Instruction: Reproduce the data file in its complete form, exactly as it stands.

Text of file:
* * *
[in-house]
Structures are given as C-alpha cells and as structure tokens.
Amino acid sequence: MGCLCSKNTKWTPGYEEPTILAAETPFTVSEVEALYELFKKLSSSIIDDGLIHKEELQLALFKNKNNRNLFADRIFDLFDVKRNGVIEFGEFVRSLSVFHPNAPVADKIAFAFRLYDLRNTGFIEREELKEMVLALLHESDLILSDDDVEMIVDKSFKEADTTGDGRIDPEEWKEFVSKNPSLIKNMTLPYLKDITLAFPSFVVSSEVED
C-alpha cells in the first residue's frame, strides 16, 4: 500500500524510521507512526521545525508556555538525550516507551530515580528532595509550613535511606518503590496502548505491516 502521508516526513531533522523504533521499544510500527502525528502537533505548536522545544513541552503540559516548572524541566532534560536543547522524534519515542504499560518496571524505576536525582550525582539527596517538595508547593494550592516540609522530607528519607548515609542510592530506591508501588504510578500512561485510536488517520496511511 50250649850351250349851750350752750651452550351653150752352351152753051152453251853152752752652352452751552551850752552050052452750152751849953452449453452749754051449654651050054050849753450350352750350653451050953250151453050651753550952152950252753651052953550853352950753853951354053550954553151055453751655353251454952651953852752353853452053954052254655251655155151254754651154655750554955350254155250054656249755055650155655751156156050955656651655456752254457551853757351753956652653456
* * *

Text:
[in-house]
Structures are given as C-alpha cells and as structure tokens.
Amino acid sequence: MGCLCSKNTKWTPGYEEPTILAAETPFTVSEVEALYELFKKLSSSIIDDGLIHKEELQLALFKNKNNRNLFADRIFDLFDVKRNGVIEFGEFVRSLSVFHPNAPVADKIAFAFRLYDLRNTGFIEREELKEMVLALLHESDLILSDDDVEMIVDKSFKEADTTGDGRIDPEEWKEFVSKNPSLIKNMTLPYLKDITLAFPSFVVSSEVED
C-alpha cells in the first residue's frame, strides 16, 4: 500500500524510521507512526521545525508556555538525550516507551530515580528532595509550613535511606518503590496502548505491516 502521508516526513531533522523504533521499544510500527502525528502537533505548536522545544513541552503540559516548572524541566532534560536543547522524534519515542504499560518496571524505576536525582550525582539527596517538595508547593494550592516540609522530607528519607548515609542510592530506591508501588504510578500512561485510536488517520496511511 50250649850351250349851750350752750651452550351653150752352351152753051152453251853152752752652352452751552551850752552050052452750152751849953452449453452749754051449654651050054050849753450350352750350653451050953250151453050651753550952152950252753651052953550853352950753853951354053550954553151055453751655353251454952651953852752353853452053954052254655251655155151254754651154655750554955350254155250054656249755055650155655751156156050955656651655456752254457551853757351753956652653456